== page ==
Frederick Engels in his “Origin of the Family, Private Property and State”  warned us: “The highest form of the state, the democratic republic, which under our modern conditions of society is more and more becoming an inevitable necessity, and is the form of state in which alone the last decisive struggle between proletariat and bourgeoisie can be fought out—the democratic republic officially knows nothing any more of property distinctions. In it wealth exercises its power indirectly, but all the more surely. On the one hand, in the form of the direct corruption of officials, of which America provides the classical example; on the other hand, in the form of an alliance between government and Stock Exchange, which becomes the easier to achieve the more the public debt increases and the more joint-stock companies concentrate in their hands not only transport but also production itself, using the Stock Exchange as their centre. The latest French republic as well as the United States is a striking example of this; and good old Switzerland has contributed its share in this field. But that a democratic republic is not essential for this fraternal alliance between government and Stock Exchange is proved by England and also by the new German Empire, where one cannot tell who was elevated more by universal suffrage, Bismarck or Bleichroder. And lastly, the possessing class rules directly through the medium of universal suffrage. As long as the oppressed class, in our case, therefore, the proletariat, is not yet ripe to emancipate itself, it will in its majority regard the existing order of society as the only one possible and, politically, will form the tail of the capitalist class, its extreme Left wing.”
Due to capitalism’s relationship with brazen corruption, it often creates a deception that corruption, theft, loot etc are the main drivers of capitalist exploitation and not the thing on which capitalism is based, that is, surplus value extraction. People are astonished to find that capitalist Goutam Adani who was ranked 250 in list of world’s richest-persons in 2017 is now in rank 4 – such astonishing achievement in 5 years! What is not publicly visible is that more than one-third of his ‘worth’ is actually ‘debt’ and many of his debts were written off by the govt owned banks. It was not Adani who only got this privilege, many more capitalists got this opportunity, and the RBI or the honourable court of justice could not yet disclose the list of such fortunate ones and how much advantage they got in last 30 years of liberalisation. All capitalists, even smaller ones, tries to influence insiders of ‘state’ to get ‘favour’, licenses, orders – even sales representatives of competing brands come to a shop owner and offer ‘greater margin’ – it happens within the private sector also. Just for securing an ‘order’ meant 5-10% even a decade or more ago. Nonetheless, surplus value extraction is the characteristic form of exploitation of capitalism. We can see a small example. Take the financial statements of Reliance Industries Limited for the year 2019-20.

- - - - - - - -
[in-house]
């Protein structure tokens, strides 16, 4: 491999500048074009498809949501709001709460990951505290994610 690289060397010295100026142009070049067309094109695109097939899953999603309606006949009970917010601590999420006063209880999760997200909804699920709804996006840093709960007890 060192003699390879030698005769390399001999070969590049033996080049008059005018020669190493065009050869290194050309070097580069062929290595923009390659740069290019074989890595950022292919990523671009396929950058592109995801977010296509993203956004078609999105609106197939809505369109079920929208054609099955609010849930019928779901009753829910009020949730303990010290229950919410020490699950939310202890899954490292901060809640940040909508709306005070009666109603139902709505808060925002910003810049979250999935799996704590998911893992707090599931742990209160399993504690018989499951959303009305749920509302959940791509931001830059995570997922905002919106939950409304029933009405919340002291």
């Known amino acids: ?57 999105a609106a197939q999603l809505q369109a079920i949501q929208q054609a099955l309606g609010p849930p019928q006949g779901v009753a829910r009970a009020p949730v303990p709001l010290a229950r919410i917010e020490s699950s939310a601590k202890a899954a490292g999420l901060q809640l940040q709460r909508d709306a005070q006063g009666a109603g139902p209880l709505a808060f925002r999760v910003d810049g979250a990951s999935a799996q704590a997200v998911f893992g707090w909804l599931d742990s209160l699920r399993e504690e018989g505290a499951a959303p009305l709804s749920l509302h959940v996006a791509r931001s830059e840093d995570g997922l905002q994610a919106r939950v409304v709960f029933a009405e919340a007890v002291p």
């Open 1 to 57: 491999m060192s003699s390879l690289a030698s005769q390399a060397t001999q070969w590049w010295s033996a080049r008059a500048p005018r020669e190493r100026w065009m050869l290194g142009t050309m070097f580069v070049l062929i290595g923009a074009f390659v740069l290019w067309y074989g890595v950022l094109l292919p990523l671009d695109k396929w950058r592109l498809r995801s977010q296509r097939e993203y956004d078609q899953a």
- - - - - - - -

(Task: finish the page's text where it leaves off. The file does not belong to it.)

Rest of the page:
This capitalism more or less reproduces the ‘division of labour’ into mental (respectful) and manual (menial) and more subdivisions. Society was taught for thousands of years that five fingers of a palm are different in length, inequality is normal. Though, of course, capitalism also keeps ‘some’ space for those who can climb up the ladder – otherwise it would look like feudal order, it would smell less-democratic.
In a society, in a time, when ‘revolution’, a radical change in society, in property relations, sounds like daydreaming, if we take loan a sentence from Engels, “As long as the oppressed class, in our case, therefore, the proletariat, is not yet ripe to emancipate itself, it will in its majority regard the existing order of society as the only one possible and, politically, will form the tail of the capitalist class, its extreme Left wing” The want of better, ‘clean’, leaders and parties continue to attract the oppressed people, the toiling workers and peasants. But even in such a situation, can revolutionaries stop campaigning for total change and instead keep themselves confined in choosing a ‘better-alternative’ within this system?
Sandeep Banerjee is an activist who writes on political and socioeconomic issues and also on environmental issues. Some of his articles are published in Frontier Weekly. He lives in West Bengal, India. Presently he is a research worker. He can be reached at email@example.com